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My Thyrza's pledge in better days,
Thou bitter pledge! thou mournful token!
Or break the heart to which thou'rt press'd!
Oh! what are thousand living loves
WHEN Time, or soon or late, shall bring
No band of friends or heirs be there,
No maiden, with dishevell'd hair,
But silent let me sink to earth,
With no officious mourners near :
Yet Love, if Love in such an hour
Could nobly check its useless sighs,
In her who lives and him who dies.
'Twere sweet, my Psyche! to the last Thy features still serene to see : Forgetful of its struggles past,
E'en Pain itself should smile on thee.
But vain the wish-for Beauty still
Will shrink, as shrinks the ebbing breath; And woman's tears, produced at will, Deceive in life, unman in death.
Then lonely be my latest hour,
Without regret, without a groan;
For thousands Death hath ceased to lower,
And pain been transient or unknown.
'Ay, but to die, and go," alas!
Where all have gone, and all must go! To be the nothing that I was
Ere born to life and living woe !—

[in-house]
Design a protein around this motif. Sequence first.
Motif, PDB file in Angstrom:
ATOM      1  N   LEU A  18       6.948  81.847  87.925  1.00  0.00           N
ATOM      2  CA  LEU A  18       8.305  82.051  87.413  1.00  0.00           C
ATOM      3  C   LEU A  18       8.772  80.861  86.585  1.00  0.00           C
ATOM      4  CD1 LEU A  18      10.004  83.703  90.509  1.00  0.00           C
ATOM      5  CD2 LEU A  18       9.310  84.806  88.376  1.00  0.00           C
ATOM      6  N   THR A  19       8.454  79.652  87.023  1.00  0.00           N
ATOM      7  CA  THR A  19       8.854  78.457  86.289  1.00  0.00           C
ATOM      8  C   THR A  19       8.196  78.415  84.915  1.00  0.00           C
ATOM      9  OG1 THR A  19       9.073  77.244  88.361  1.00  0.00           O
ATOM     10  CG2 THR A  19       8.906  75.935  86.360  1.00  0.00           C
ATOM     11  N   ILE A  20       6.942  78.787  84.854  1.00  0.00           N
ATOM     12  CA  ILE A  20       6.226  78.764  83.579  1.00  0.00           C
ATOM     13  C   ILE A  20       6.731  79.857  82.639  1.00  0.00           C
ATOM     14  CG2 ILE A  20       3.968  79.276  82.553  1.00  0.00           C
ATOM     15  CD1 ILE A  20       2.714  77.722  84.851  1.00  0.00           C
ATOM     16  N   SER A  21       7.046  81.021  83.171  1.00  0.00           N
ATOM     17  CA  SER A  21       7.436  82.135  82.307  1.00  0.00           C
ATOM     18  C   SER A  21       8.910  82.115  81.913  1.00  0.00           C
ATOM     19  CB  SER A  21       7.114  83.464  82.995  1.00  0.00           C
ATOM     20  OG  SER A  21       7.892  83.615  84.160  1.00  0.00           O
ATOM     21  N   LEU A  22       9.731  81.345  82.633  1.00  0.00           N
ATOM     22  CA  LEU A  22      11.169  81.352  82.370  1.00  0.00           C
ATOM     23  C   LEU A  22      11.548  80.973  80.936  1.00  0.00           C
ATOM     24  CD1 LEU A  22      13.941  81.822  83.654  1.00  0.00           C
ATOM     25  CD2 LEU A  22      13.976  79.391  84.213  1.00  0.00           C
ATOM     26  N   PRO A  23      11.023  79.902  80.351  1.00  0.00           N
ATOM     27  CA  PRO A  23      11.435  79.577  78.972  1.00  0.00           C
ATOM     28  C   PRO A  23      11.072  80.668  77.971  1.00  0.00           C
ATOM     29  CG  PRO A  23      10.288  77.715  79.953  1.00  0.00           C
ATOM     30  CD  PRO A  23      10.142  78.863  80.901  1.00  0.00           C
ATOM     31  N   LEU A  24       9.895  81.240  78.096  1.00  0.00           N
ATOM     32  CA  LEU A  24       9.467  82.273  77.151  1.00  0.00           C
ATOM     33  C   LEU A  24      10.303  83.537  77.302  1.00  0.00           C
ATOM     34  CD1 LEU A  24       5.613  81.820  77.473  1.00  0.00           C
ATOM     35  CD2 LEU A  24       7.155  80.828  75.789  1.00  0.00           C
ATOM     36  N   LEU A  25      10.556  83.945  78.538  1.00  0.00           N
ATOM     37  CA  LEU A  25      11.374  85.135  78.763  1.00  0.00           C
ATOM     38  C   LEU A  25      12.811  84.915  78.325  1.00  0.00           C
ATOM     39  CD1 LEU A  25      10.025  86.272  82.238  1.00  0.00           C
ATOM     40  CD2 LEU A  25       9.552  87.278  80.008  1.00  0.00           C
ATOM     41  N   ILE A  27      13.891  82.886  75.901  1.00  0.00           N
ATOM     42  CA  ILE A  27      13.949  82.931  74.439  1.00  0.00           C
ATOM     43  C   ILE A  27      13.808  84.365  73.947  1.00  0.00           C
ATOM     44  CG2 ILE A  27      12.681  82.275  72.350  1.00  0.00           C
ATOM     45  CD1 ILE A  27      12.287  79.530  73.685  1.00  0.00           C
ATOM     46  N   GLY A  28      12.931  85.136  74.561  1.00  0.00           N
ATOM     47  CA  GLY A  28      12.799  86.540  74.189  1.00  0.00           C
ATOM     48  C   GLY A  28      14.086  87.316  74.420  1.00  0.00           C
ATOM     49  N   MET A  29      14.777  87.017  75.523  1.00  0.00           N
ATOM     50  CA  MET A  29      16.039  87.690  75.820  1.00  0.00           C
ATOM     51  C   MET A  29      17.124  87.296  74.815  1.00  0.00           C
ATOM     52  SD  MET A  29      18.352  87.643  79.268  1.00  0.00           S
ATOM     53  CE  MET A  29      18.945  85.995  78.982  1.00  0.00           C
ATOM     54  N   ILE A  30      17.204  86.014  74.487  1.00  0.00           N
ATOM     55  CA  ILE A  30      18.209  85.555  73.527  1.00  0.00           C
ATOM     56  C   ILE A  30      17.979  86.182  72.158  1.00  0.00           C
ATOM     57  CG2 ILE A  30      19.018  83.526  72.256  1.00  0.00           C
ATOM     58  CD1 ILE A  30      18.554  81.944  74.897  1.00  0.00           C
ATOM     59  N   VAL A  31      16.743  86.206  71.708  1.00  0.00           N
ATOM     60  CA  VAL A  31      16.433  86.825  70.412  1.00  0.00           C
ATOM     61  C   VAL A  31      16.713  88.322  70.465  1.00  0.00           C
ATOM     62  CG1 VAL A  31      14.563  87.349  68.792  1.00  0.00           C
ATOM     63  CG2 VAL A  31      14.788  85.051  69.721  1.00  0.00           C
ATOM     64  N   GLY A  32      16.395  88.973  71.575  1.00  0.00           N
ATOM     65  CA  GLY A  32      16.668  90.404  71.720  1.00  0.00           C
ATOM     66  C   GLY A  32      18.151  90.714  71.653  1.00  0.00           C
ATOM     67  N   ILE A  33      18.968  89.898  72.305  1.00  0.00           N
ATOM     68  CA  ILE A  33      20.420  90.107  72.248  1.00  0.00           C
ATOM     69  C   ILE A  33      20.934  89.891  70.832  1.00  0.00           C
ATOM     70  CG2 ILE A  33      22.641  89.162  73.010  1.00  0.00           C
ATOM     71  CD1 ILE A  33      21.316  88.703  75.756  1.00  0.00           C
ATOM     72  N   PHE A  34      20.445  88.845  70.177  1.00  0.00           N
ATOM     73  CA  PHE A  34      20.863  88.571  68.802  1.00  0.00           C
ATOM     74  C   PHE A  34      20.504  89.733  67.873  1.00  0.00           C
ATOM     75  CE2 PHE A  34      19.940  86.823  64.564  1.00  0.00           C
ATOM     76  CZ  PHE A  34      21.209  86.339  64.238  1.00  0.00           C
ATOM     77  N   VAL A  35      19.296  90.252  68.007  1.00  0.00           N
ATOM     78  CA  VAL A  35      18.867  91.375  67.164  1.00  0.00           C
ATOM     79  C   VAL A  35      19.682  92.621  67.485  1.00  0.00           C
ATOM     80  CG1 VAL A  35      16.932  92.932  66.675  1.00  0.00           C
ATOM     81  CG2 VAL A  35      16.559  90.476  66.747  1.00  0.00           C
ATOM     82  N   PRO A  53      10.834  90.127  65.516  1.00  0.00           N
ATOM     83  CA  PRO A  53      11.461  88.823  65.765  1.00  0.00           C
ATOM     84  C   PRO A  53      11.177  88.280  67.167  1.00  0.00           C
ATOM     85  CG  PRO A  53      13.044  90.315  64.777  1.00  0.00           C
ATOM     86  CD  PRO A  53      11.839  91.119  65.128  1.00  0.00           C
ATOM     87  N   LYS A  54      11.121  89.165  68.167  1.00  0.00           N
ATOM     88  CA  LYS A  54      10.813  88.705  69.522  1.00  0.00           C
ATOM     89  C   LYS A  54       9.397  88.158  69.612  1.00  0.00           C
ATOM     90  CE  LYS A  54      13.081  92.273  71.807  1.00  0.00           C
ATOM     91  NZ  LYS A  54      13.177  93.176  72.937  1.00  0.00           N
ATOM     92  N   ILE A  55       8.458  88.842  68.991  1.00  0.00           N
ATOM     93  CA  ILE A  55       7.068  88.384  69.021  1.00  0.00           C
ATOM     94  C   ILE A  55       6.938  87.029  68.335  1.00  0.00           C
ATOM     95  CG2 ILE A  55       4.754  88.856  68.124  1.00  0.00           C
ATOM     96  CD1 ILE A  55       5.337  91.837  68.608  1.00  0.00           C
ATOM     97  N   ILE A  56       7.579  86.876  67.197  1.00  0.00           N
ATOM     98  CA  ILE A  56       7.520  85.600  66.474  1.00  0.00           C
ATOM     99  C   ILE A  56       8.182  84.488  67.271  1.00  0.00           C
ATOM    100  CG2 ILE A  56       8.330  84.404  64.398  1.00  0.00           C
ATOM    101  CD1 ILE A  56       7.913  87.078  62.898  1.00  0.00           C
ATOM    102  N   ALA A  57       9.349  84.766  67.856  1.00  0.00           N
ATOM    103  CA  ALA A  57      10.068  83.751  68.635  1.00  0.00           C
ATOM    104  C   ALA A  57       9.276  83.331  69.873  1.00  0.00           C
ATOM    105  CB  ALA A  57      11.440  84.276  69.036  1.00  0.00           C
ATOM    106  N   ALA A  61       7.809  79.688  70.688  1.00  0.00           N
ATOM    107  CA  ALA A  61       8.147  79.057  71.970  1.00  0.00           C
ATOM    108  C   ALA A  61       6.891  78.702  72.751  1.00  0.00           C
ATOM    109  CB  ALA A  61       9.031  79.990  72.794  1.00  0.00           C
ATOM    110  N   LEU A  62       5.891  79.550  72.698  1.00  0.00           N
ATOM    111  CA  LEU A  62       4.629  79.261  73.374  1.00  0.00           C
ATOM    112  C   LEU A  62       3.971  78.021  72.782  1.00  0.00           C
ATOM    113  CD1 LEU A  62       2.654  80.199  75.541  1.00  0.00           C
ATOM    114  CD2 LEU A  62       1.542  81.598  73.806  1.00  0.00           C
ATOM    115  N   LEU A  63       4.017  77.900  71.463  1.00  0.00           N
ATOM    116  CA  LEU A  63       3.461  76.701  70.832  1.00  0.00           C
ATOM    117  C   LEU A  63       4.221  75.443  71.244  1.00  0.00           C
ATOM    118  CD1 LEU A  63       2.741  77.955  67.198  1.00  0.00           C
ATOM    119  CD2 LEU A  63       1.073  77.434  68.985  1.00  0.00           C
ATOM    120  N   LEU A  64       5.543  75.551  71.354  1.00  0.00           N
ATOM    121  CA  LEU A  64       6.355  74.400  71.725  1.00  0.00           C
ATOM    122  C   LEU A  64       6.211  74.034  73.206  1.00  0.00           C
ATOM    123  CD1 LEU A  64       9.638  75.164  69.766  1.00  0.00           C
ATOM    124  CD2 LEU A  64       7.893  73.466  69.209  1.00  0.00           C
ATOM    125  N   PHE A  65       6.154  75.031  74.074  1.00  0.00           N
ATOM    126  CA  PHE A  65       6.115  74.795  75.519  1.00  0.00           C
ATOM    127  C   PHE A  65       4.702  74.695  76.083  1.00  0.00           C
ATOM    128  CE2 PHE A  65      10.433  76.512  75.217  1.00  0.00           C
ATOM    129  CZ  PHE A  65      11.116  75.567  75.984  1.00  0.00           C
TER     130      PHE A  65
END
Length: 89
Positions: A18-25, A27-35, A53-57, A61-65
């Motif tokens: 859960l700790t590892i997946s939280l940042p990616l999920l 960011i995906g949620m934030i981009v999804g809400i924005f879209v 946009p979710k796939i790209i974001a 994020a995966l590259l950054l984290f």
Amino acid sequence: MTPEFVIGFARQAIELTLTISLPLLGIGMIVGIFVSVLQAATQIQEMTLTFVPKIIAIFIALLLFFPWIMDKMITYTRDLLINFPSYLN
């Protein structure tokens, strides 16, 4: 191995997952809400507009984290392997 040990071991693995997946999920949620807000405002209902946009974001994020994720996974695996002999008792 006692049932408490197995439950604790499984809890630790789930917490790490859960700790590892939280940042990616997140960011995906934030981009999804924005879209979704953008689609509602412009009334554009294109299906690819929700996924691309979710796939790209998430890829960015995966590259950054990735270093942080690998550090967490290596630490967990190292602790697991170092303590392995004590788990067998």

Count o'er the joys thine hours have seen,
Count o'er thy days from anguish free,
And know, whatever thou hast been,
'Tis something better not to be.
AND THOU ART DEAD.
"Heu, quanto minus est cum reliquis versari quam tui meminisse !
AND thou art dead, as young and fair
And form so soft, and charms so rare,
Though earth received them in her bed,
There is an eye which could not brook
I will not ask where thou liest low,
Nor gaze upon the spot;
There flowers or weeds at will may grow,
So I behold them not :
It is enough for me to prove
That what I loved, and long must love,
To me there needs no stone to tell,
Yet did I love thee to the last
As fervently as thou,
Who didst not change through all the past,
The love where Death has set his seal,
Nor falsehood disavow:
And, what were worse, thou canst not see Or wrong, or change, or fault in me.
The better days of life were ours;
The sun that cheers, the storm that lowers,
The silence of that dreamless sleep
Nor need I to repine
That all those charms have pass'd away,
The flower in ripen'd bloom unmatch'd
Though by no hand untimely snatch'd,
And yet it were a greater grief
I know not if I could have borne
The night that follow'd such a morn
The day without a cloud hath pass'd,
As stars that shoot along the sky
Shine brightest as they fall from high.
As once I wept, if I could weep,
To gaze, how fondly! on thy face,
Uphold thy drooping head;
Yet how much less it were to gain,
And more thy buried love endears
WHEN WE TWO PARTED.
WHEN we two parted
In silence and tears,
To sever for years,
Pale grew thy cheek and cold,
Colder thy kiss ;
Sorrow to this.